2010-04-29 / Sam Bari

Born at the wrong time

You can’t beat a system you can’t understand
By Sam Bari

If we could bring William Shakespeare, Amadeus Mozart and Giuseppe Verdi back from the dead, I wonder if they would take advantage of the liberties enjoyed by present-day playwrights and composers.

They are famous for involving political statements and agendas in their plays and operas. However, they had to be careful. Freedom of speech had yet to be an accepted concept when they were alive.

When we think about the fodder for political satire available today, I am sure that Shakespeare would have a field day.

I can see him looking at the Clinton administration and possibly producing “Bubba,” starring Meatloaf and some unknown actress as Monica.

Then he could go back to the Nixon years and write “Richard the Stain” as a sequel to his “Richard III” of long ago.

The comedian Sinbad could play Marion Barry, the former crack-addicted mayor of Washington, D.C. When the police arrested him for drunken driving, they let him go – unpunished. Shakespeare could name the mini drama “Oh Fellow,” as a tribute to “Othello.” It would be kind of an “Othello” light.

I am sure Mozart would have fun with the George W. Bush administration. He could call his modern opera, “Bush League.” The subtitle could be, “The Wasted Years,” a testament to Bush’s checkered past, as well as his time in the White House.

In modern times, using music and song to make political statements is common practice. The days of penning grand operas and plays to inspire political change are long past.

The authors and composers who were bold enough to write about their political convictions during the Renaissance (1300- 1500) to the Baroque period (1600-1750) and beyond were careful not to offend royalty. The penalties for even mild mockery of the throne could have been severe.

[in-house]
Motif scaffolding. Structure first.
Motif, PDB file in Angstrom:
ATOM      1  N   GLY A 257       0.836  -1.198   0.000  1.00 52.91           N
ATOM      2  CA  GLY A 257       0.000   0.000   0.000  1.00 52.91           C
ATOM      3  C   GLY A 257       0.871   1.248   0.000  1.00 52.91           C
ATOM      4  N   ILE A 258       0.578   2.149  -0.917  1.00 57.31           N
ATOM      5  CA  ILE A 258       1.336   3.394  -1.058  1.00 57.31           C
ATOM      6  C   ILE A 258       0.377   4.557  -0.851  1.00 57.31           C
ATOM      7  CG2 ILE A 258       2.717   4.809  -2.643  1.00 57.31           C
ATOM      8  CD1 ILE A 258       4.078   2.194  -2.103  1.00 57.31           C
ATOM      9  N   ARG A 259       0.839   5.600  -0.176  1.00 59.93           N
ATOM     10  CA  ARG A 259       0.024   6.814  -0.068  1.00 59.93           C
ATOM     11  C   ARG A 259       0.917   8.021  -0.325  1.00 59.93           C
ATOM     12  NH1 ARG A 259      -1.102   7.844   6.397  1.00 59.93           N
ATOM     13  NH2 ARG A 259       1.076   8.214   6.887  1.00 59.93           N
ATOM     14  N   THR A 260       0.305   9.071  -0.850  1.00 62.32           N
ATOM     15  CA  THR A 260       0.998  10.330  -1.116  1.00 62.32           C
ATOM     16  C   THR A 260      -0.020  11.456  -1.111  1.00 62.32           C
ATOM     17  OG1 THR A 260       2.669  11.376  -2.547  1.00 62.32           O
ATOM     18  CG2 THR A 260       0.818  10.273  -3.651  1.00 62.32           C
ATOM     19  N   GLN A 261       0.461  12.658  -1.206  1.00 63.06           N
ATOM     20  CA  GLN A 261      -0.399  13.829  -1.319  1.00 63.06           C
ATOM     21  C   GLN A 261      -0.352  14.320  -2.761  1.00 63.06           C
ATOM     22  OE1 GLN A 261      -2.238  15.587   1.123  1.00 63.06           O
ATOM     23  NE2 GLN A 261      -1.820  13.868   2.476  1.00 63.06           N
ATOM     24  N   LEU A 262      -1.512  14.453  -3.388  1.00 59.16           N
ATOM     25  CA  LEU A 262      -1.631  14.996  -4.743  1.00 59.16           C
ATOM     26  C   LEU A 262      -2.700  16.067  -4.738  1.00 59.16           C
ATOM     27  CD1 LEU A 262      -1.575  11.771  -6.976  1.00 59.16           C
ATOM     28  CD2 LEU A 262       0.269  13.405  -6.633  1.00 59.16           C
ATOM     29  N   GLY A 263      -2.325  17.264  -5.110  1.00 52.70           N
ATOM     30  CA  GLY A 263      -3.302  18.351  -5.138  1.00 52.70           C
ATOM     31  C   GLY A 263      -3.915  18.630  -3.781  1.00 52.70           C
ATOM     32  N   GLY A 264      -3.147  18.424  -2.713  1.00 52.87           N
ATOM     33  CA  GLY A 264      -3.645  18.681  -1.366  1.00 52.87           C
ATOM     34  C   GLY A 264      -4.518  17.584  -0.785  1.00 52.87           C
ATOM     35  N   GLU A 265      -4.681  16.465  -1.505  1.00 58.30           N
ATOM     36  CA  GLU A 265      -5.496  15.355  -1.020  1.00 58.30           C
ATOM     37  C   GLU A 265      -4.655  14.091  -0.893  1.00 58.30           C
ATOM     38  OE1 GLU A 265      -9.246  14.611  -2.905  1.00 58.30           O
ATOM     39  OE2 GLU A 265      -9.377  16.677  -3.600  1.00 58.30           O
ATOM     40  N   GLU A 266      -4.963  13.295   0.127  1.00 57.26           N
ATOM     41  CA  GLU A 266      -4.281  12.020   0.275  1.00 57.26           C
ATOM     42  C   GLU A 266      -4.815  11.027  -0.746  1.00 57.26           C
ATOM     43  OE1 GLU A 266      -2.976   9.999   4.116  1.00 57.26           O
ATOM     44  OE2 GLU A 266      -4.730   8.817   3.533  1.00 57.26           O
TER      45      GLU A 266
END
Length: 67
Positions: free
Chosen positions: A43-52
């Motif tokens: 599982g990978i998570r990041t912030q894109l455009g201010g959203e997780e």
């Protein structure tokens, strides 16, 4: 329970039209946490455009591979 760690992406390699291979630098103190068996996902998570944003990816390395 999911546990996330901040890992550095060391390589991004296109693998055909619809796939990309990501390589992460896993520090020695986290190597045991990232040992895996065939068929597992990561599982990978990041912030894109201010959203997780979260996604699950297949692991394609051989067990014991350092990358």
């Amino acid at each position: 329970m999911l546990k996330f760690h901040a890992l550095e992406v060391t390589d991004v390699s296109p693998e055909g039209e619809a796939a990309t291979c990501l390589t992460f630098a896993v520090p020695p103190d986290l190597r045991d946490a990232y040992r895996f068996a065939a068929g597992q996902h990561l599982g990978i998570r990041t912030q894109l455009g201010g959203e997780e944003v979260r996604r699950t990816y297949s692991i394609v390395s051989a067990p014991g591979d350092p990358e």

Mozart was the first to boldly venture into the forbidden territory of making fun of the nobility when he wrote his 1787 opera, “Don Giovanni.”

The story was about an amorous nobleman who pursued a woman who was betrothed. He ended up murdering her father and escaped with impunity.

Even then, Mozart was careful to create a work of fiction to emphasize the broad liberties afforded the aristocracy.

All of the great tragedies and dramas like Shakespeare’s “Macbeth” and “King Lear,” as well as “Othello,” were fictional.

“Rigoletto,” one of Giuseppe Verdi’s later masterpieces about treachery within the nobility, undoubtedly tested the patience of the royal class. That opera was first performed in 1851. When it received universal acclaim, Verdi wrote his 1867 work, “Don Carlos,” one of his greatest efforts.

Verdi used the Dutch fight for freedom within the “Don Carlos” libretto to inspire Italian nationalism, a courageous political statement at the time.

Although the liberty to directly criticize the highest officials of the free world is available to all, not many modern works have realized success. I suppose “Hair,” and perhaps “X,” the musical and movie about Malcolm X, enjoyed popularity. “Hair” was not so much of a political statement as it was a societal awakening.

“Evita,” the musical about Eva Peron, realized a modicum of success outside of Argentina, the country where Peron ruled. However, Argentineans found the play highly offensive.

The classics like “Macbeth,” “Don Giovanni” and “Othello” have survived for centuries. I doubt that “X,” “Hair” or “Evita” will be performed 200 years from now.

In Shakespeare’s day, even though Macbeth was a work of fiction and bore no relation to actual Scottish history, some felt the play was cursed and would not speak its name. Apparently, Macbeth was the name of a real Scottish monarch who was admired and revered as an able ruler, and Shakespeare chanced portraying him in a poor light.

Those who feared the curse referred to the work as “The Scottish Play.”

Many of the playwrights, composers and librettists used mythological characters in their works to remove any doubt that they were not insulting a royal family.

Although the characters were mythological, many were more believable than the real-life world leaders of today.

The treachery of the Nixon administration and the personal vendetta allegedly tied to the Bush terms in office certainly hold their own against the fictional plots of bygone eras.

Perhaps the day-to-day drama in today’s political arena is more interesting as real life than it would be in a stage play. Politics are hugely responsible for why we live in a system we can’t understand.

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